Fadak, Part VII: Charity is Good




  • Abu Bakr (رضّى الله عنه) Gave Fadak as Charity
The Shia will make it sound as if Abu Bakr (رضّى الله عنه) took Fadak and made it his own. Abu Bakr (رضّى الله عنه) did not take a cent from Fadak, but rather he made it part of the Waqf for the benefit of the Ummah and the emerging Muslim state. Fadak became charity, and contrary to what the Shia insinuate, Abu Bakr (رضّى الله عنه) did not buy a new car using the money from Fadak. In fact, Abu Bakr (رضّى الله عنه) was known to have dedicated most of his wealth to the Islamic cause. He lived the life of a pauper, and was known for his ascetism. Prior to his conversion to Islam, Abu Bakr (رضّى الله عنه) was a very wealthy man; after his conversion, he dedicated this wealth to Islam and consequently lived a meager life. In the Shia Makarem Shirazi, we find:

“ABUBAKR was an influential wealthy man, and made us of his influence and wealth for improving Islam.”

(source: Makarem Shirazi,

  • Abu Bakr’s Dilemma (رضّى الله عنه)

Admittedly, Fatima was the Prophet’s daughter, and Abu Bakr (رضّى الله عنه) felt horrible that he had earned her displeasure by the ruling on Fadak. Some would think that perhaps Abu Bakr (رضّى الله عنه) should have shown lenience on the matter. However, this would have set a horrible precedent if the first Caliph of the Ummah willfully violated the Shariah of the Prophet (صلّى الله عليه وآله وسلّم), who clearly said that Prophets do not leave behind inheritance. To adjust the rules for close family or friends would have shown nepotism. Indeed, it does not matter how high the status of an individual is in a just state: he/she will have to adhere to the law of the land, and exceptions cannot be granted based upon rank. Otherwise, an injust state would be created in which the high class get away with things, and meanwhile the lower class faces stricter implementation of law. Thus, it can be seen that Abu Bakr (رضّى الله عنه) must have been under immense stress from the general public who would have been angered if the Shariah was abandoned for those of a high rank such as Fatima (رضّى الله عنها). Abu Bakr (رضّى الله عنه) was held accountable to many poor people who would recieve aid from the charity money obtained from Fadak.

  • Further Arguments

Fatima (رضّى الله عنها) made a sincere mistake and she did not realize that she does not get inheritance from the Prophet (صلّى الله عليه وآله وسلّم). Nobody, not Abu Bakr (رضّى الله عنه) nor Ali (رضّى الله عنه), could place the words of Fatima (رضّى الله عنها) above those of Prophet Muhammad (صلّى الله عليه وآله وسلّم) which categorically forbade inheritance for Prophets.

Additionally, if it was really to be inherited by the family of the Prophet (صلّى الله عليه وآله وسلّم), then Abu Bakr (رضّى الله عنه) would have given the rightful share of it to Aisha (رضّى الله عنها) but he did not. So why aren’t the Shia grieving for Aisha (رضّى الله عنها) like they do for Fatima (رضّى الله عنها)? And what about the other eligible relatives of the Prophet (صلّى الله عليه وآله وسلّم)? Why is it that the Shia do not argue on behalf of these people for Fadak? It is reported that Aisha (رضّى الله عنها) also asked her father Abu Bakr (رضّى الله عنه) to give her inheritance and Abu Bakr (رضّى الله عنه) refused on the basis of the fact that Prophets do not give inheritance. Why aren’t the Shia crying over Aisha’s loss (رضّى الله عنها)?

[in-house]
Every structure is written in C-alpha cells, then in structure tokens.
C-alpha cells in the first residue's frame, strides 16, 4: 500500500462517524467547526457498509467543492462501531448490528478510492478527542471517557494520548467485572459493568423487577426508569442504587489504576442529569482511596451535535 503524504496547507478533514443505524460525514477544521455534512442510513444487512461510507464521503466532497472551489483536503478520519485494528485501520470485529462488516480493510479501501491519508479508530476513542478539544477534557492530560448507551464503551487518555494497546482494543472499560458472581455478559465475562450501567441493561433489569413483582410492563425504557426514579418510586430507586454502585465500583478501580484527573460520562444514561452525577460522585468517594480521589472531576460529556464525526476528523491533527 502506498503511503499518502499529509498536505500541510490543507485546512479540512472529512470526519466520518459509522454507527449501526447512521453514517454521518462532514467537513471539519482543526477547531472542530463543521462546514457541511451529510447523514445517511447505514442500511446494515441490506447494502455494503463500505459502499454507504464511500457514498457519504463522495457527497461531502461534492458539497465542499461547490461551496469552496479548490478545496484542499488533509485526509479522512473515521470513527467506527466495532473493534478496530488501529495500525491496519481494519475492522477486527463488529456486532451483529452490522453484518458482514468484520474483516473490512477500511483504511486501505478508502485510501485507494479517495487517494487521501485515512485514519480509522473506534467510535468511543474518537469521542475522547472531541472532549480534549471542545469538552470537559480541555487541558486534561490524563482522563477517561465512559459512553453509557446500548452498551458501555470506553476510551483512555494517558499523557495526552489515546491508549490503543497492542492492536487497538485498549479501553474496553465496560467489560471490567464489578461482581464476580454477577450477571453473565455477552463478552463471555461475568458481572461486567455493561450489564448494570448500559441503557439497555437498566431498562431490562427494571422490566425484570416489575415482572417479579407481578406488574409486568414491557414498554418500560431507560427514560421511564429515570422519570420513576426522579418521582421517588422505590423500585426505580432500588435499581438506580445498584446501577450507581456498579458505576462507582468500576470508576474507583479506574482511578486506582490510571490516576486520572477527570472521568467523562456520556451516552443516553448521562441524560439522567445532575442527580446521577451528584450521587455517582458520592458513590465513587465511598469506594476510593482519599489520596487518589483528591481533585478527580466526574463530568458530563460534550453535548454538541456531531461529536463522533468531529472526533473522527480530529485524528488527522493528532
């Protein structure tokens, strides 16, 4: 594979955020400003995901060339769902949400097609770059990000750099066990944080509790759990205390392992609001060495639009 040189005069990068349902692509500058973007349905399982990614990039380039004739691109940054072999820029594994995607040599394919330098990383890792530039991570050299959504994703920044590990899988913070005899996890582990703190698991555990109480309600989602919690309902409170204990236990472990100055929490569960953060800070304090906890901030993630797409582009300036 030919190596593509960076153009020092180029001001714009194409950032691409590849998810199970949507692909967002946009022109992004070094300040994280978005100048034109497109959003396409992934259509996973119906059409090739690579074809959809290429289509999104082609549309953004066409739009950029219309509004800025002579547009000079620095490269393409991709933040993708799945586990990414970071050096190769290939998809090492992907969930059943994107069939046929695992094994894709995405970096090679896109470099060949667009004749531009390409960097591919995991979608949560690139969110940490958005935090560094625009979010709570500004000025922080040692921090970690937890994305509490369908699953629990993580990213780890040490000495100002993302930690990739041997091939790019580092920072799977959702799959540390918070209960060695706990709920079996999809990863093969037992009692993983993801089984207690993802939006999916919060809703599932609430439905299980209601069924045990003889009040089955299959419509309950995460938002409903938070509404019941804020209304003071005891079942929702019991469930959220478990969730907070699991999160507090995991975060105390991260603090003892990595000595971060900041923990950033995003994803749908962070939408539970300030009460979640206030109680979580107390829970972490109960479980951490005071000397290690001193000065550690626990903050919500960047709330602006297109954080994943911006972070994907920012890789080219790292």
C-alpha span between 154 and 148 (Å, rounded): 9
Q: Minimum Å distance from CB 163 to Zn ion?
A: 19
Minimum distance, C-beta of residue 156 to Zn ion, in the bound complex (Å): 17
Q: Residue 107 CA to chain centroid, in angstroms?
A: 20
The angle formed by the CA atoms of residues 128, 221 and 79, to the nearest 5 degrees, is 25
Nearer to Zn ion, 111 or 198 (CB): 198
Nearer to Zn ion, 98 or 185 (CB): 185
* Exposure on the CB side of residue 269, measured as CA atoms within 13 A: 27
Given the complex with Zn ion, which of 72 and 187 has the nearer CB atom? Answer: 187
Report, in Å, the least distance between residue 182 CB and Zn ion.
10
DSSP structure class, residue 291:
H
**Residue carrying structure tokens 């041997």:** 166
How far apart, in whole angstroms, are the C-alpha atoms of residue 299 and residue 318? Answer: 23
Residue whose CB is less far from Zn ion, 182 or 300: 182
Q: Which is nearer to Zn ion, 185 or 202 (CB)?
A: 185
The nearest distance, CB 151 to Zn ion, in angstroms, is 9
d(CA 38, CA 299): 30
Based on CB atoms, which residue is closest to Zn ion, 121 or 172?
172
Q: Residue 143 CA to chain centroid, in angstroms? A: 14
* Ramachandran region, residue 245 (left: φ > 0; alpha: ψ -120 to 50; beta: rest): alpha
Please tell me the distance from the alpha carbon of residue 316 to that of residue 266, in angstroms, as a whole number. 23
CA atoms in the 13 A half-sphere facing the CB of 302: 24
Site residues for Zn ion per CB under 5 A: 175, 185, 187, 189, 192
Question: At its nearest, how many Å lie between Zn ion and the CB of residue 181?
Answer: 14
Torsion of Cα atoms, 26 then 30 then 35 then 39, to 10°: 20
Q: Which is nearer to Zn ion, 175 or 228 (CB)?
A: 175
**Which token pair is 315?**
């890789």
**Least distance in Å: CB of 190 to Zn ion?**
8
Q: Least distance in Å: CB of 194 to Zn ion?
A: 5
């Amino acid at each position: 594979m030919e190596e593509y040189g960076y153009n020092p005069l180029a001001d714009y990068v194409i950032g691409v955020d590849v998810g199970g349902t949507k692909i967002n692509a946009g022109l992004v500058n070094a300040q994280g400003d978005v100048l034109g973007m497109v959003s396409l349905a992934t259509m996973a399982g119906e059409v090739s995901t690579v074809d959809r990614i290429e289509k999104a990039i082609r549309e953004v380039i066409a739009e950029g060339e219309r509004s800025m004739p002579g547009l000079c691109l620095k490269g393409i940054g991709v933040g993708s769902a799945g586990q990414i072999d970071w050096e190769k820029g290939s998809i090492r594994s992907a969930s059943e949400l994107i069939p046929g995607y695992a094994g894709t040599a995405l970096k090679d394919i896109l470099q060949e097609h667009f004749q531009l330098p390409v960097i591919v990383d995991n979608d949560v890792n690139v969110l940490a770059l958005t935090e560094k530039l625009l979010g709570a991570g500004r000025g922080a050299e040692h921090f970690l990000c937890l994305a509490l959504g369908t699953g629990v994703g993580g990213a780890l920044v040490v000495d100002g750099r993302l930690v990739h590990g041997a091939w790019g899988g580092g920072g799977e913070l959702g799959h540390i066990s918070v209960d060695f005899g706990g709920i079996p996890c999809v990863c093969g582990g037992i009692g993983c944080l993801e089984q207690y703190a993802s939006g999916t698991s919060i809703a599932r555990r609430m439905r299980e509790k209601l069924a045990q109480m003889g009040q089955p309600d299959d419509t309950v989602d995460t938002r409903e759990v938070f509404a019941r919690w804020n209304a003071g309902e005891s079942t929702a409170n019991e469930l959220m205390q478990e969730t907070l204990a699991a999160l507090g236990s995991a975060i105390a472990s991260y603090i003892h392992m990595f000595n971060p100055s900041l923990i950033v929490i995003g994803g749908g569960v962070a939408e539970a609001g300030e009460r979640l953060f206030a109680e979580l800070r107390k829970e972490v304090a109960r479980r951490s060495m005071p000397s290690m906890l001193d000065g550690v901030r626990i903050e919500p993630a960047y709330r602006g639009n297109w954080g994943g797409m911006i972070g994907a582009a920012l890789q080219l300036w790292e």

Abu Bakr (رضّى الله عنه) did a very noble thing by donating Fadak to charity, as was the command of the Prophet (صلّى الله عليه وآله وسلّم). The Shia try to villify Abu Bakr, but what was Abu Bakr’s only “crime” other than helping the poor? If the Shia want to make this a competition between Fatima (رضّى الله عنها) and Abu Bakr (رضّى الله عنه), then let us remember that the former wanted it for her own personal usage, whereas Abu Bakr (رضّى الله عنه) wanted it to be given as charity for the benefit of the Muslim Ummah. The Shia should stop focusing on the issue of Fadak, because it was a sincere mistake of Fatima’s (رضّى الله عنها); the Ahlus Sunnah does not discuss Fadak in its own circles for this very reason, out of reverence for Fatima (رضّى الله عنها). The Shia meanwhile force our hand and make us continually prove that Fatima (رضّى الله عنها) was in the wrong, in order that we may exonerate Abu Bakr (رضّى الله عنه) from wrong doing. We ask Allah Almighty to accept Abu Bakr (رضّى الله عنه) and Fatima (رضّى الله عنها) into the Highest Ranks of Paradise.

Next: Part VIII, The Quran Does Not Say Prophets Give Inheritance

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